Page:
What Type of Attorney Is Needed When Starting Up a Nonprofit Organization?

By Brette Sember, J.D.

What Type of Attorney Is Needed When Starting Up a Nonprofit Organization?

By Brette Sember, J.D.

When you're starting a nonprofit organization, there are a variety of legal hurdles and requirements to deal with to make sure you set up your organization correctly.

Many people successfullystart nonprofits without the assistance of an attorney. But if you want legal assistance navigating the process, you'll want to find a corporate attorney who focuses their practice on nonprofit organizations and has experience in this realm. A business attorney who represents corporations and LLCs—as opposed to nonprofits—will probably not have the relevant experience you need.

Businessman writing on document across table from person in suit

What a Nonprofit Attorney Does

Your nonprofit attorney will handle all of the following for your organization when you get started as a nonprofit and as you continue your mission:

  • Nonprofit corporation formation papers
  • Tax-exempt status filing with the IRS
  • Creating a business plan
  • Advice about forming your board of directors
  • Forms and documents needed to maintain your nonprofit status
  • Providing guidance for nonprofit regulations and compliance issues, as well as record-keeping
  • Preparing tax-exempt documentation
  • Contract review
  • Guidance about charitable solicitations
  • Information about employment laws and policies you need to create
  • Unrelated business income tax
  • Filing annual returns with the IRS

Where to Find a Nonprofit Attorney

Referrals are the best way to find a qualified nonprofit attorney who can represent your organization. Look into the following for possible referrals:

  • Your state nonprofit association
  • Your state or local bar association
  • Attorneys you have used for other matters
  • Other nonprofits you are familiar with
  • A local law school might have a clinic that can provide free or low-cost representation

Where Not to Look for Representation

If your organization's board is going to have an attorney on it, you may think it would be a no-brainer to hire them to represent the nonprofit as it is being set up. This would be a mistake.

If an attorney sits on your board, they have a conflict of interest. The lawyer for your nonprofit represents the entity itself, not the individual board members or staff. An attorney on the board cannot represent your nonprofit without considering their own interest and role as a board member. It would be unethical for an attorney who is a director to represent the nonprofit.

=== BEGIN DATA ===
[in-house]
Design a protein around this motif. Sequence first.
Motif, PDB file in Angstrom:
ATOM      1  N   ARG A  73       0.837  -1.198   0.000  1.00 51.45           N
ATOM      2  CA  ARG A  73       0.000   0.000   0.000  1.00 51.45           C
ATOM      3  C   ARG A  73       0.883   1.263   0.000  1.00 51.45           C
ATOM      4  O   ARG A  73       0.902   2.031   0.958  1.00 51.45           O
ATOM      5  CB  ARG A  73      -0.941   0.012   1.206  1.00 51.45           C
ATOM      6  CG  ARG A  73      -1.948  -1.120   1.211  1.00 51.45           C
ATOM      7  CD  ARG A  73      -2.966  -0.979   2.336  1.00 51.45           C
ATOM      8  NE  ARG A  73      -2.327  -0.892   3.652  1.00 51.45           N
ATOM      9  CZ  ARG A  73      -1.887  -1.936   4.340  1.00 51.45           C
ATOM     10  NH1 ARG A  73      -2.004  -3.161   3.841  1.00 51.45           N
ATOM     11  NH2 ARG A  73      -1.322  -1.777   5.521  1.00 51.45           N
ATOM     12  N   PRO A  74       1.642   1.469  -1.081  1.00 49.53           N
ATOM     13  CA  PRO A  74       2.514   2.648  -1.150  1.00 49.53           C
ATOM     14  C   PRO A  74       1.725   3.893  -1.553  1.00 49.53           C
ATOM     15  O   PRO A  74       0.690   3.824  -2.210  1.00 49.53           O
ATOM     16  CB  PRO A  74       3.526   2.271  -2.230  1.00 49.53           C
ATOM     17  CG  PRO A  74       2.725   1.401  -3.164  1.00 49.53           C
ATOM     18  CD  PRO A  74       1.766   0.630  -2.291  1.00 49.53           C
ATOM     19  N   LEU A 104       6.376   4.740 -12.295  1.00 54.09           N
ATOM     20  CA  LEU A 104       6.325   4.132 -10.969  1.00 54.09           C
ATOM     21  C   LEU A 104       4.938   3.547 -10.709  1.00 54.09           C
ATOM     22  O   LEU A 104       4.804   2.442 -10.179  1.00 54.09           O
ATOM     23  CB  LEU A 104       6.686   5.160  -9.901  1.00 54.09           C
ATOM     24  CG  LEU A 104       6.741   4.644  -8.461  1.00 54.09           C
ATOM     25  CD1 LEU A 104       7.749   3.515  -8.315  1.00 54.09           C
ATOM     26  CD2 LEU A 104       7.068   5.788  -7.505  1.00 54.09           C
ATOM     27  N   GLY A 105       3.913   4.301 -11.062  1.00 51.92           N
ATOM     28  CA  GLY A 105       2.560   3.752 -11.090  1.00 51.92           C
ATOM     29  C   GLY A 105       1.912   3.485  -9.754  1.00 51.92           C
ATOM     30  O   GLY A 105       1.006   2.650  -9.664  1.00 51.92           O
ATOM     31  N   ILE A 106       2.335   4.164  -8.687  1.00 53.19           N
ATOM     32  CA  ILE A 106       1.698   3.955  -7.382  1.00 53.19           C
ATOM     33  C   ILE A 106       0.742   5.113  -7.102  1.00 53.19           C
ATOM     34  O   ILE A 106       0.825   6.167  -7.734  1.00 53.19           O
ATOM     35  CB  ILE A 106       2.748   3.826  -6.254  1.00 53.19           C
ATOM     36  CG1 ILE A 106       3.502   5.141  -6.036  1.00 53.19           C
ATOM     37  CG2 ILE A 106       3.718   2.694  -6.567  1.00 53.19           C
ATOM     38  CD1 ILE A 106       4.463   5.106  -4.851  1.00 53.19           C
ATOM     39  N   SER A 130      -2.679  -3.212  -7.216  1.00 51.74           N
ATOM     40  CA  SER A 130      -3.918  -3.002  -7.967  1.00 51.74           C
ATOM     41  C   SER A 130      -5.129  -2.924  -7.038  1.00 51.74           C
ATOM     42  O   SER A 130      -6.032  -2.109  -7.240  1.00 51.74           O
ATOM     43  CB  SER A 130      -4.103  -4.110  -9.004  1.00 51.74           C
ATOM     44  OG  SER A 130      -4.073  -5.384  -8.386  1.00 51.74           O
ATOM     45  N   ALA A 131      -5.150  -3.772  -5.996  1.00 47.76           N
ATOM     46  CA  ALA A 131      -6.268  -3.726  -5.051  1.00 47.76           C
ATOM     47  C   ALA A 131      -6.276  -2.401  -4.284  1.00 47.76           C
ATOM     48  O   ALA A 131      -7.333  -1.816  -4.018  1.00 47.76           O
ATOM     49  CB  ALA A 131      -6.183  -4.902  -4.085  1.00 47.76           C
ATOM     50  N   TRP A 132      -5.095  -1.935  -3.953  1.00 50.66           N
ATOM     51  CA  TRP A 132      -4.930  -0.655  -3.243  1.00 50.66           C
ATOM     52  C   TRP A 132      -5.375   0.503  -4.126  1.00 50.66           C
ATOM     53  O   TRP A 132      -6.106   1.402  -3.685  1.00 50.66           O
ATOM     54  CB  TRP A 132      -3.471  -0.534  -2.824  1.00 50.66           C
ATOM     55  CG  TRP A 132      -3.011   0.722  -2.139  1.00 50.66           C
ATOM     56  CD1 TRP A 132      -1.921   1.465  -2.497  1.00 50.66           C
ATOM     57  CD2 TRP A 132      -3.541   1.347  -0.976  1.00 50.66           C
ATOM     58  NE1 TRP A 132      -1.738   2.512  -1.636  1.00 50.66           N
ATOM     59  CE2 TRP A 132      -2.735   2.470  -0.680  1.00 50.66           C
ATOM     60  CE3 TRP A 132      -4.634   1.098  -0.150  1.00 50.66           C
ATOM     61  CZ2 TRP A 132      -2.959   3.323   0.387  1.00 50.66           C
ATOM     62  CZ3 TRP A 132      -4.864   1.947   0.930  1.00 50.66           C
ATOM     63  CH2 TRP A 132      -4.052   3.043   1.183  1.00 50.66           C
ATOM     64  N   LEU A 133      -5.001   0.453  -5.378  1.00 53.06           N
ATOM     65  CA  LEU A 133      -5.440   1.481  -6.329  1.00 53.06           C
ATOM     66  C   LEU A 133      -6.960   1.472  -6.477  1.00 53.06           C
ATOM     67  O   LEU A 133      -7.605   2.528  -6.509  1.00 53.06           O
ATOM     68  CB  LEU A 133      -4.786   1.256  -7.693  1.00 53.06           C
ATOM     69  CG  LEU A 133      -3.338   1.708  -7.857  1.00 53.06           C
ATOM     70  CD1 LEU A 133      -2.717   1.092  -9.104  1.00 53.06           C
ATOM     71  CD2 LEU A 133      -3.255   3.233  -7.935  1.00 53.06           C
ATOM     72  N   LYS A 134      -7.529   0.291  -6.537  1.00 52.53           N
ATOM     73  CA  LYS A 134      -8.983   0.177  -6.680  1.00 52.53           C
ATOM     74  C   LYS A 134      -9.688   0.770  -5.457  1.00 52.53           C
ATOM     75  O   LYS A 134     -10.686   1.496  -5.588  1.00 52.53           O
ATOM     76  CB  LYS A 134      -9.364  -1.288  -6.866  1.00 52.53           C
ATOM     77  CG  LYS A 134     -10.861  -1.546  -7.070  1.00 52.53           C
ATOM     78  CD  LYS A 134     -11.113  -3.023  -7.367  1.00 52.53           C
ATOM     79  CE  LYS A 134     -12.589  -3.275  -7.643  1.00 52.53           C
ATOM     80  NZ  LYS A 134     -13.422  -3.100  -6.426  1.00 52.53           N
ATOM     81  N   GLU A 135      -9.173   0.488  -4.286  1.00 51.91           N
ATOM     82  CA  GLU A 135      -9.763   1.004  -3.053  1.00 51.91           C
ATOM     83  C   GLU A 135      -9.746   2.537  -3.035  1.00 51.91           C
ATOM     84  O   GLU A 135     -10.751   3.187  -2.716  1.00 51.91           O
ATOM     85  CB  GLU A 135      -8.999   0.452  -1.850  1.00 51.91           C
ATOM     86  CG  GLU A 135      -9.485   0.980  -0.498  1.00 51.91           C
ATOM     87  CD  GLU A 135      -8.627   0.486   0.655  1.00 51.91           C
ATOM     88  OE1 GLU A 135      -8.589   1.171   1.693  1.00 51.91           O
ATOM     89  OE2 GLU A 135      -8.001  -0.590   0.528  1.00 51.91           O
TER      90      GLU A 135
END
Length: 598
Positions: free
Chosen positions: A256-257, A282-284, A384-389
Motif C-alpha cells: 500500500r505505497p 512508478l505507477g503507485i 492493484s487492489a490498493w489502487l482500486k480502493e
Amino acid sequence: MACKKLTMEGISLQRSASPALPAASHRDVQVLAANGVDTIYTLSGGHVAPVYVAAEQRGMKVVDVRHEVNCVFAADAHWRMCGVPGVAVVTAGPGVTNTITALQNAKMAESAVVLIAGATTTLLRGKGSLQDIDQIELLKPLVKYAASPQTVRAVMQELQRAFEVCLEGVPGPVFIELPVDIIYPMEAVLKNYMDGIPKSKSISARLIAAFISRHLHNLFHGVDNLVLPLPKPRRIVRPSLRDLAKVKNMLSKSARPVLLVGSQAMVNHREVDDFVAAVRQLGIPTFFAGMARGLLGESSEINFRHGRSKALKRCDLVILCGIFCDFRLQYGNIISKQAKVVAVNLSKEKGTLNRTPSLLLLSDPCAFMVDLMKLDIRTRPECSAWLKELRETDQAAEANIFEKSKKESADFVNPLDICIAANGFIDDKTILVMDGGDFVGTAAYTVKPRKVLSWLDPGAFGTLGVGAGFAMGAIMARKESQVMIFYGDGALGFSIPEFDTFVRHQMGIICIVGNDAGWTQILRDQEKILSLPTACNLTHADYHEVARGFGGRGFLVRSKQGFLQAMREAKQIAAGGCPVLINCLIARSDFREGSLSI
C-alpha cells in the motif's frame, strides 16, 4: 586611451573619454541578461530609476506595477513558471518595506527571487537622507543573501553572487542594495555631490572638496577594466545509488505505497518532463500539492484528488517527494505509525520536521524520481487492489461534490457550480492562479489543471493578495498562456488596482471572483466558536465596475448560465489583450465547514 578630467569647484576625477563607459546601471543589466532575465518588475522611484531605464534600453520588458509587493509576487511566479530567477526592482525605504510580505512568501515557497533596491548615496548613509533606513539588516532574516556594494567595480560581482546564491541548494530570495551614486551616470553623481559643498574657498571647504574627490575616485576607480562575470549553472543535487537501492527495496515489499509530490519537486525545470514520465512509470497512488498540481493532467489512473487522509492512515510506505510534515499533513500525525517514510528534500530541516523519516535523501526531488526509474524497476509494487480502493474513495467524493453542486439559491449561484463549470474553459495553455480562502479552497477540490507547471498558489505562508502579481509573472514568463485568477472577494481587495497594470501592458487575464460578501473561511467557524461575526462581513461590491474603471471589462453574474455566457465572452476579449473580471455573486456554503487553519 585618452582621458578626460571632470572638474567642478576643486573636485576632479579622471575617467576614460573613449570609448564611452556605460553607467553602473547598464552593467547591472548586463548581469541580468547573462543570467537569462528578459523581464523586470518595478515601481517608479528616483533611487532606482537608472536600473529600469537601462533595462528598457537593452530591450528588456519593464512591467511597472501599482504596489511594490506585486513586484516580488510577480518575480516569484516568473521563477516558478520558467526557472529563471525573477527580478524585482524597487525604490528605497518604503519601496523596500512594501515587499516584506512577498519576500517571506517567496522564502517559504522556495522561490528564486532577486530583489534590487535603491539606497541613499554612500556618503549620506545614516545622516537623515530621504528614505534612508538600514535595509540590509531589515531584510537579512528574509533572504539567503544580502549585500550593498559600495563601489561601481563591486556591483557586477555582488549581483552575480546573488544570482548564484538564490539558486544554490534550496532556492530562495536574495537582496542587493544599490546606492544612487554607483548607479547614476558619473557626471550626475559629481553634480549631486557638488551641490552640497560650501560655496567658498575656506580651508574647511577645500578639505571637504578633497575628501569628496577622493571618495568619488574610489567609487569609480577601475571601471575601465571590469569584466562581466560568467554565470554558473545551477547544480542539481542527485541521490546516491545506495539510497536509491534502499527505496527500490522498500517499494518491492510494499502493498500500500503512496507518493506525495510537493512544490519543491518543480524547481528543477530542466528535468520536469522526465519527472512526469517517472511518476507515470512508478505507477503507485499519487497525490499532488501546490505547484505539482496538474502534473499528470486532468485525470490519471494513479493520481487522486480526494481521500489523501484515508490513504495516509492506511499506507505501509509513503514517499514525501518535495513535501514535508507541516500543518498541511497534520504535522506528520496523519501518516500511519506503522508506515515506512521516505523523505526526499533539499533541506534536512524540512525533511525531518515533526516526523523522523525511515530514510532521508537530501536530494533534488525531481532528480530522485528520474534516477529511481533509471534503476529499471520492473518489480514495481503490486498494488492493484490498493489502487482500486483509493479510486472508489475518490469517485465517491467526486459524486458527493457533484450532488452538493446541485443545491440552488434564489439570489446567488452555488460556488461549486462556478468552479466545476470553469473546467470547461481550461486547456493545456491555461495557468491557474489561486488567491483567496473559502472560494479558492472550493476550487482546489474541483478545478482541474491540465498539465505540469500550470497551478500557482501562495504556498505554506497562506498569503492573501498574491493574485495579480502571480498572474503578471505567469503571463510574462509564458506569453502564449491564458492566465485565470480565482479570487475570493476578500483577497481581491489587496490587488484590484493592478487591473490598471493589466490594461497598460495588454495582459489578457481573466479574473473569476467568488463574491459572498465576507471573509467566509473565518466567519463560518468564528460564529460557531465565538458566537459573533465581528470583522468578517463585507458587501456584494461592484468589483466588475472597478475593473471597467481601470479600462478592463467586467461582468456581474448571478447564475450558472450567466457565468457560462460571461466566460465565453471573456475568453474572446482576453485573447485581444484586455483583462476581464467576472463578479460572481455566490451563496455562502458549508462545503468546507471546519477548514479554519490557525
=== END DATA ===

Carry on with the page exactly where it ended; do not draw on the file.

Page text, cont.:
How to Afford a Nonprofit Attorney

If your business is not operating for a profit, you might expect that an attorney would be willing to donate their time to your organization. But that's an unrealistic expectation. Providing legal representation for a nonprofit corporation is complex, detailed, and time-consuming work. You will not get the type of representation you need if you do not pay for legal representation. It's one of the necessary business expenses that you must build into your budget.

You can try to manage your costs by asking the attorney you're considering if they offer a flat fee for the nonprofit setup and certain types of document preparation. You may also be able to negotiate a payment plan for legal services or you can talk about limiting the scope of the representation to keep your costs down. It's important that you negotiate an hourly rate upfront so you can plan your costs.

Choosing a nonprofit attorney is an important decision and one that should be done through careful research and consideration.

This portion of the site is for informational purposes only. The content is not legal advice. The statements and opinions are the expression of author, not LegalZoom, and have not been evaluated by LegalZoom for accuracy, completeness, or changes in the law.